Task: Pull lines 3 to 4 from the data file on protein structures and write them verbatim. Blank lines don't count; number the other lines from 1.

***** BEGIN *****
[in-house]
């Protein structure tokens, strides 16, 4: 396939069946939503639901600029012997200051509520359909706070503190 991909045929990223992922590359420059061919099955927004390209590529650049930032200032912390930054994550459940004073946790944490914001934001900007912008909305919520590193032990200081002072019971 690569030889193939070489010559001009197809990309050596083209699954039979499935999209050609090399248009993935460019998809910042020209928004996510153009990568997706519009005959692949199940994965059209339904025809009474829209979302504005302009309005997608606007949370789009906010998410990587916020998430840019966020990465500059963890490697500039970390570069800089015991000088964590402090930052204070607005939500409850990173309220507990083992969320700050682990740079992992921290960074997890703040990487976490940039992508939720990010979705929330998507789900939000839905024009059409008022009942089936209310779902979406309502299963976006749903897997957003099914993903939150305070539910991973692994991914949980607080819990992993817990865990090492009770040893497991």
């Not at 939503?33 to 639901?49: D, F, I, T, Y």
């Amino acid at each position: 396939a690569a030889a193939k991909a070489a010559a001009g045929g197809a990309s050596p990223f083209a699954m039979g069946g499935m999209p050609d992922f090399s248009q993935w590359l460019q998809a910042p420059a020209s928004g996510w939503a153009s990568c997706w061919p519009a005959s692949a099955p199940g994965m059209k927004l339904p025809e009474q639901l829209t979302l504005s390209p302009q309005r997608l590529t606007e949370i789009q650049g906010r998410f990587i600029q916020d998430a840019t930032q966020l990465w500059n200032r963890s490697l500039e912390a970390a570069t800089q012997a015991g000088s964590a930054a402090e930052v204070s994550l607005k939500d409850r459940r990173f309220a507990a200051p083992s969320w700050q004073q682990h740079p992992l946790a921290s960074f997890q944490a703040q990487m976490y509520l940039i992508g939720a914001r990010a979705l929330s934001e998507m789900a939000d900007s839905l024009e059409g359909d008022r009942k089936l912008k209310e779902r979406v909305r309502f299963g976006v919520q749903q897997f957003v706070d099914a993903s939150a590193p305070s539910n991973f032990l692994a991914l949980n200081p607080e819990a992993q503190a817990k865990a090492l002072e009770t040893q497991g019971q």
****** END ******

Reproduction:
């Not at 939503?33 to 639901?49: D, F, I, T, Y």
């Amino acid at each position: 396939a690569a030889a193939k991909a070489a010559a001009g045929g197809a990309s050596p990223f083209a699954m039979g069946g499935m999209p050609d992922f090399s248009q993935w590359l460019q998809a910042p420059a020209s928004g996510w939503a153009s990568c997706w061919p519009a005959s692949a099955p199940g994965m059209k927004l339904p025809e009474q639901l829209t979302l504005s390209p302009q309005r997608l590529t606007e949370i789009q650049g906010r998410f990587i600029q916020d998430a840019t930032q966020l990465w500059n200032r963890s490697l500039e912390a970390a570069t800089q012997a015991g000088s964590a930054a402090e930052v204070s994550l607005k939500d409850r459940r990173f309220a507990a200051p083992s969320w700050q004073q682990h740079p992992l946790a921290s960074f997890q944490a703040q990487m976490y509520l940039i992508g939720a914001r990010a979705l929330s934001e998507m789900a939000d900007s839905l024009e059409g359909d008022r009942k089936l912008k209310e779902r979406v909305r309502f299963g976006v919520q749903q897997f957003v706070d099914a993903s939150a590193p305070s539910n991973f032990l692994a991914l949980n200081p607080e819990a992993q503190a817990k865990a090492l002072e009770t040893q497991g019971q």